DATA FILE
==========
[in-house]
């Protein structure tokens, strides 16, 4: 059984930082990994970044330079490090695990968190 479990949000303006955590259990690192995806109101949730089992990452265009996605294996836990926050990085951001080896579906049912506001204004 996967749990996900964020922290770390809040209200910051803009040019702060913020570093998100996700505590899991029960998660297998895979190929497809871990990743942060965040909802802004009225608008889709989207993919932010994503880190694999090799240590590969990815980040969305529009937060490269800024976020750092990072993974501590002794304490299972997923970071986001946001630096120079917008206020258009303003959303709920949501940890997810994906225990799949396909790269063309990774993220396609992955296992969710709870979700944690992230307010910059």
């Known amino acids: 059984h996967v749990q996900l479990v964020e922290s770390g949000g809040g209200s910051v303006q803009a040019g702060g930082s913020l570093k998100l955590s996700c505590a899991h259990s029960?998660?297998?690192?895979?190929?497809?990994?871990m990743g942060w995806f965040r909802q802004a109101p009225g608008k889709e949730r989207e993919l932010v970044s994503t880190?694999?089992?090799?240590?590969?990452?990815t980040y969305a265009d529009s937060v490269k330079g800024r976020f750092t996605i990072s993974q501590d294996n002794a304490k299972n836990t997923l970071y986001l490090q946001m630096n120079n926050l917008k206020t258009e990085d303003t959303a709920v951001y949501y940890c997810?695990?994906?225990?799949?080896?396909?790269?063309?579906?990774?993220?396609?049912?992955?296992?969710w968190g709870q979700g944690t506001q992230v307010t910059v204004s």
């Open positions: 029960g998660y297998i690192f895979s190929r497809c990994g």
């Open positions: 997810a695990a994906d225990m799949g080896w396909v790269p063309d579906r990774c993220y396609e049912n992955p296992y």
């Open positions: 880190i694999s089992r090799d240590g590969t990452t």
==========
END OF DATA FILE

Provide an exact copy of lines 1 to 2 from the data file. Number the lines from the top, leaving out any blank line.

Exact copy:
[in-house]
């Protein structure tokens, strides 16, 4: 059984930082990994970044330079490090695990968190 479990949000303006955590259990690192995806109101949730089992990452265009996605294996836990926050990085951001080896579906049912506001204004 996967749990996900964020922290770390809040209200910051803009040019702060913020570093998100996700505590899991029960998660297998895979190929497809871990990743942060965040909802802004009225608008889709989207993919932010994503880190694999090799240590590969990815980040969305529009937060490269800024976020750092990072993974501590002794304490299972997923970071986001946001630096120079917008206020258009303003959303709920949501940890997810994906225990799949396909790269063309990774993220396609992955296992969710709870979700944690992230307010910059």